TL;DR – This is a perfectly okay film, it is not one of Marvel’s best, playing it safe, but solid visuals and cast bring it together.
Post-Credit Scene – There is a mid and end-credit scene
Disclosure – I paid to watch this film.
Doctor Strange in the Multiverse of Madness Review –
Back all the way in 2016, pre-covid times, Marvel released this new film based on a wizard and full of magic. That first Doctor Strange film was full of beautiful visuals and a bunch of fun once Benedict Cumberbatch found his feet. Since that time, we have had 18 different entries into the MCU, and now it is time to jump back into the weird world.
So to set the scene, since the fallout from Spider-Man: No Way Home, Doctor Strange (Benedict Cumberbatch) has tried to find some normalcy even though he is famous after the events of Endgame. However, he has to deal with the legacies of his actions or inactions, including being a guest at Christine Palmer’s (Rachel McAdams) wedding and not a part of it. To say it was awkward, well, that is an understatement. Thankfully the wedding is interrupted by screams from the street as there is a disturbance in New York. Which turns out to be a giant one-eyed tentacle monster chasing after a girl. This is normal for an Avenger, and Wong (Benedict Wong) shows up for the team-up. The only difference is that Strange has seen this girl before, in his dreams, and she was there when he died.
Now, before we go on, this is probably a futile gesture at this point, but this will be a mostly spoiler-free review. I say mostly because first, if you want to go in completely spoiler-free, just read the TL;DR above, and very much don’t read the cast list below. But more than that, we will be talking about everything that happens in the first act and then illusions that occur elsewhere. We will reference one particular moment for the third act, but I will flag it beforehand, so you can skip it if you want. I say this because, honestly, I think I may have enjoyed this film a little more if I had seen it a week earlier.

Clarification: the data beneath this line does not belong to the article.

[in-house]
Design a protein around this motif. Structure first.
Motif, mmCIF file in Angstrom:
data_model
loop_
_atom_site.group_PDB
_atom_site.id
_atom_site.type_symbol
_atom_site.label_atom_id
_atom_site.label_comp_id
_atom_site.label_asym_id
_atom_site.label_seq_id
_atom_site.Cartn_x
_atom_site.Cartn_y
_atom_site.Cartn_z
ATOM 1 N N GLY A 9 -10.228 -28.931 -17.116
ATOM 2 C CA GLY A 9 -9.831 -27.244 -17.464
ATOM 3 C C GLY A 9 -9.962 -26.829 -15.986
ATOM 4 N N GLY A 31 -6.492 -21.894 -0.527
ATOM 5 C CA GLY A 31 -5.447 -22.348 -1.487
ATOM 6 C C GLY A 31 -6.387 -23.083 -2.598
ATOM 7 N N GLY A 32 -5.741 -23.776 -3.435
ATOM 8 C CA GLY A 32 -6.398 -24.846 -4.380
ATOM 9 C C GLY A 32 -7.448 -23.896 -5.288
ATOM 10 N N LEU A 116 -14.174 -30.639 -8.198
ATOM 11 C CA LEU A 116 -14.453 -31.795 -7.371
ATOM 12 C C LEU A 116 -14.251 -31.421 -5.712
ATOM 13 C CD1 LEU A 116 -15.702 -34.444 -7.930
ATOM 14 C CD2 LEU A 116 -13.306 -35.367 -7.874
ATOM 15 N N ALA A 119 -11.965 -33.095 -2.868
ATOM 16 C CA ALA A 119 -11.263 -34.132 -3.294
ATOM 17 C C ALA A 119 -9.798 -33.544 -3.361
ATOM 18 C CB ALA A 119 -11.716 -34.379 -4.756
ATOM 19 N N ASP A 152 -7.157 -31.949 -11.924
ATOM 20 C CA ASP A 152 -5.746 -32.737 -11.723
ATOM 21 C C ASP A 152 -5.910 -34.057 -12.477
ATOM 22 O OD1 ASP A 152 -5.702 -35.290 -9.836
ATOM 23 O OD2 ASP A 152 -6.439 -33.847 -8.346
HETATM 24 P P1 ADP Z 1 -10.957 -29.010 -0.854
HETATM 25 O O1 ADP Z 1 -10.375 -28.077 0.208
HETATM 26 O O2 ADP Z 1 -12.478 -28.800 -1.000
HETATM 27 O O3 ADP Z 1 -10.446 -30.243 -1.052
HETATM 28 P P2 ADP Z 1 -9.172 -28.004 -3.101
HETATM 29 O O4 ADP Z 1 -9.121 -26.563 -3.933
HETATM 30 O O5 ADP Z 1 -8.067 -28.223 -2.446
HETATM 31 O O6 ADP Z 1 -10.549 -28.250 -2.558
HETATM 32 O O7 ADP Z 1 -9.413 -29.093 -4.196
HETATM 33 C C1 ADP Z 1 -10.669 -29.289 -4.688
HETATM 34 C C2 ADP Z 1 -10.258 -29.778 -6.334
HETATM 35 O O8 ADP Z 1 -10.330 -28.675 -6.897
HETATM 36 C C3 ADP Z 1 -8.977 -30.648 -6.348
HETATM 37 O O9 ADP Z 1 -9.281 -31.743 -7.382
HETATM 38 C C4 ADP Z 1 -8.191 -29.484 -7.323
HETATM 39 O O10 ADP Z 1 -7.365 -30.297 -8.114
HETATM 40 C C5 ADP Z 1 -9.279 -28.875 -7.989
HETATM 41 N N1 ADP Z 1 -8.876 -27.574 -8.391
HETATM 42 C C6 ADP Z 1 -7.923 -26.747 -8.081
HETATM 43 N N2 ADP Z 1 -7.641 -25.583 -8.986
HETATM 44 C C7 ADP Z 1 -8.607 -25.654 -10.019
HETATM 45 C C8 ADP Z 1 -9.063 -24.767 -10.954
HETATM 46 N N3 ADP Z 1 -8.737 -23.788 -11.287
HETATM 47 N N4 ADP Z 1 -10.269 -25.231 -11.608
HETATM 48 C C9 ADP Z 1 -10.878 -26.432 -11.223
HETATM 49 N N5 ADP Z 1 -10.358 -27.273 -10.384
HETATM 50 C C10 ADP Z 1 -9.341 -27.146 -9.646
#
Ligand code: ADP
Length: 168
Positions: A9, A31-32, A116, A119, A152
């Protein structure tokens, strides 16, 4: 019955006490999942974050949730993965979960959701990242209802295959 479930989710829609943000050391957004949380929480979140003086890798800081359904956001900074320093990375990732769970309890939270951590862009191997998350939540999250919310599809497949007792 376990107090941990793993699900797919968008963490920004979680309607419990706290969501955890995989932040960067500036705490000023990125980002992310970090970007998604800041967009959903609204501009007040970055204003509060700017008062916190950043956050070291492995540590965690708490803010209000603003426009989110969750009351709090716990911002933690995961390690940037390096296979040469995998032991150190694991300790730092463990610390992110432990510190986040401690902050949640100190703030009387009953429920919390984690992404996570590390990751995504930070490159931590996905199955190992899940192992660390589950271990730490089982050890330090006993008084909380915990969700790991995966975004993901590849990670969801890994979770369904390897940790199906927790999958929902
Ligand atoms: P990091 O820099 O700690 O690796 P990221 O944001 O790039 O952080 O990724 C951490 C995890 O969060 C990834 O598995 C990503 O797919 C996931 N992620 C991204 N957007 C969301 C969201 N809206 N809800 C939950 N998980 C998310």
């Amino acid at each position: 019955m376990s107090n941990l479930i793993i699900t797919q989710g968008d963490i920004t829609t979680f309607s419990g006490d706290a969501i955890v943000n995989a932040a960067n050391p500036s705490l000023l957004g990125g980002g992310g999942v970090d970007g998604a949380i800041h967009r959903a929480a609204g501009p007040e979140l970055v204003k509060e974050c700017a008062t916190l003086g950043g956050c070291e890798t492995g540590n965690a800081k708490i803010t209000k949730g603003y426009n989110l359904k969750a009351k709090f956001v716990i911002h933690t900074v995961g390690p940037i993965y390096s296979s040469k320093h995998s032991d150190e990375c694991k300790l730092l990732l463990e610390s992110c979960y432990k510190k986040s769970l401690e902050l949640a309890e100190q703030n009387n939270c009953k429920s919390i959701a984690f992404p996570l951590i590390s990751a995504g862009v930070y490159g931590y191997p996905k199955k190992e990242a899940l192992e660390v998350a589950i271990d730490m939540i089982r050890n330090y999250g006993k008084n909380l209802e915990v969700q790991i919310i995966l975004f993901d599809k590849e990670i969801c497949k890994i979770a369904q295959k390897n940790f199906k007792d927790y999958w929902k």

In this film, the first thing you see is how the visuals have taken a giant leap forward in what was already a high bar. The stand out moment was the emergency jump through the multiverses, which got wilder and wilder. But we get worlds reimagined, great battles between magical forces of good and evil, and many star imprints everywhere. There is also a different tone to the film, as Sam Raimi brings some of his horror iconographies to bear. Indeed, I would say this is the first Marvel film in a while that is probably not really okay for those on the younger side of the audience.
You see this the most in some of the action sequences that get peppered throughout the film. The most prominent of which has been in the trailers, but to talk a bit vaguely, it involves a magic-user taking all the strengths of the Mystic Arts of Kamar-Taj and using them as weapons against them. My favourite bit was [and SPOILERS] when they incorporated music into the action in a very literal sense creating a moment that was both visually and audible spectacular, which is supported by some of Danny Elfman’s best work throughout the film.